By Arnold Sundgaard
Two years ago the GLTF Outreach Tour was Seeing Red, written by Daniel Hahn, which included verbatim transcripts of HUAC testimony. The Festival was producing The Crucible that season, and so we created an original work that provided a context for Miller’s work.
It was through performing in that show that I began my education in the Federal Theatre Project, Hallie Flanagan and all the rest. Ms. Flanagan petitioned to testify before the Dies Committee/House Committee on Un-American Activities to defend the important work that was provided to unemployed artists through the program.
By 1938 the Project was under attack for giving voice to socialist and communist sentiments … or at the very least, making capitalism look bad.
Several FTP plays were mentioned in our production, including Injunction Granted! (which Ms. Flanagan defended, even though she was not happy with the production - a text I am hoping to get my hands on) and Spirochete.
In my role as Texas Representative Martin Dies, I ask about this play (pronounced spy-rho-KEET) and when Ms. Flanagan (performed so magnificently by Elizabeth Wood) explains that it is an educational device about venereal disease, Rep. Dies blanches and changes the subject.
I have now, finally, read Spirochete. And I was surprised by two things:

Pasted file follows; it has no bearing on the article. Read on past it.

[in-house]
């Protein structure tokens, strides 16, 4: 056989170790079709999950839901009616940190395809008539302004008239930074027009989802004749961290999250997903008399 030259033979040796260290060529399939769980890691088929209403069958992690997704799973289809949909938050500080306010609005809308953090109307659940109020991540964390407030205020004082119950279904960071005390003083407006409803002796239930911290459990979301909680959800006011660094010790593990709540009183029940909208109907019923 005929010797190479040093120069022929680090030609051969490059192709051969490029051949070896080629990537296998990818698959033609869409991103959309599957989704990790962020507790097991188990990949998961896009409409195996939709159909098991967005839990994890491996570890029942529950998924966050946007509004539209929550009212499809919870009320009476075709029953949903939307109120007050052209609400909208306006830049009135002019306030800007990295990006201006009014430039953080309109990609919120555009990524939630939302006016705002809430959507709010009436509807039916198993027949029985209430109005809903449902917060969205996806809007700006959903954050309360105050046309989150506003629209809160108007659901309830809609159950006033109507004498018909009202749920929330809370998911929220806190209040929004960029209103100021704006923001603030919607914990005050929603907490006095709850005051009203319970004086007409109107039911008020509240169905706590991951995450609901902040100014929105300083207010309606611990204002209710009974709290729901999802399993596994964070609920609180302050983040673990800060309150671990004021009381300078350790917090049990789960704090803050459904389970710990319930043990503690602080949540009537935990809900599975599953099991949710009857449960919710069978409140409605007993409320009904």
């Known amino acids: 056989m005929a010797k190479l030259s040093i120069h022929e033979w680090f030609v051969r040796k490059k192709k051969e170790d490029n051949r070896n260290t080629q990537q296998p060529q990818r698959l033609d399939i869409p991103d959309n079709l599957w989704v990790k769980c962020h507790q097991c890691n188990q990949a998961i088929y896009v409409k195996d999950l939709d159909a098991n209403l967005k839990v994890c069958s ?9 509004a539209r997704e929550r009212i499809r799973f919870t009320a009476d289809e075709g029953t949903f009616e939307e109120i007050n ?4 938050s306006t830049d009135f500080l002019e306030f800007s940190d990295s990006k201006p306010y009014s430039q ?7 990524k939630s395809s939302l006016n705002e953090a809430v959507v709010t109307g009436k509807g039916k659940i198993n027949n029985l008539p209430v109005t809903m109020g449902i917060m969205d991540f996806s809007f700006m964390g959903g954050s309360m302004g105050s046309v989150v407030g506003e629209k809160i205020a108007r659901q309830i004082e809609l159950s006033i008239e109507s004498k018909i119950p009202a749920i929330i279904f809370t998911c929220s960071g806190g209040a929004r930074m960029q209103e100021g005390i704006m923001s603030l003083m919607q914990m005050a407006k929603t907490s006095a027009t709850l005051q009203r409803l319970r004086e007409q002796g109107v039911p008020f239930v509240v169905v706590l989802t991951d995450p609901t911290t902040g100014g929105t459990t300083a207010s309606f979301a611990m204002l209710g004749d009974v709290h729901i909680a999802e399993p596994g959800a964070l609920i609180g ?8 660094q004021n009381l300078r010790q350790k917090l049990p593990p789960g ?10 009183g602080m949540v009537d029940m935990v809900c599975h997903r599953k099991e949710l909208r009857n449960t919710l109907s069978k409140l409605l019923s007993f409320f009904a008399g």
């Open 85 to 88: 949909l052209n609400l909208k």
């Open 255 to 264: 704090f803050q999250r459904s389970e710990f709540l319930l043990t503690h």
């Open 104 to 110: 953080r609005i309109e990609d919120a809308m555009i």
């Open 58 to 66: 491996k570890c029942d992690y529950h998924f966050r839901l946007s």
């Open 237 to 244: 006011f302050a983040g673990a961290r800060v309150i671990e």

1. It is educational but also very interesting.And when I say it is hilarious, I do not mean in that ironic, unintentional way. A good deal of it deals with the subject of syphilis with great, successful humor.
2. It is hilarious!
I do have two complaints. On is that the first act, a history of how Europeans contracted the disease from the native peoples of North America (okay, I am going to let that slide for the time being, that’s not the complaint) and leading up to the 20th century, which is broad, amusing, fast-paced, great fun. The second act, however, is about the journey to isolate and diagnose the virus, cure it and then de-stigmatize it in order to legislate testing to prevent it -- all worthy endeavors, but not handled with the same light hand.
The second disappointment is that the play does not come back to where it begins, with a young couple surprised and shocked that they must subject themselves to a blood-test before getting married. Trying to calm their nerves - and their offended sensibilities - is why we begin this journey, but we do not come back to them so it is never resolved.
Though this would never have made the cut in 1938 )when it was first produced) I would have loved to find out that one of them actually had it, if only because each are so offended by the very suggestion that they might.
Regardless. I could easily see this work directed by Raymond Bobgan at CPT or Clyde Simon at convergence-continuum, the non-linear narrative and moments of surrealism (not to mention a sad, recurring character called “The Patient” who suffers from the disease for over four hundred years) begs for either of these artists to raise this text to even greater levels of fantastic surprise and wonder.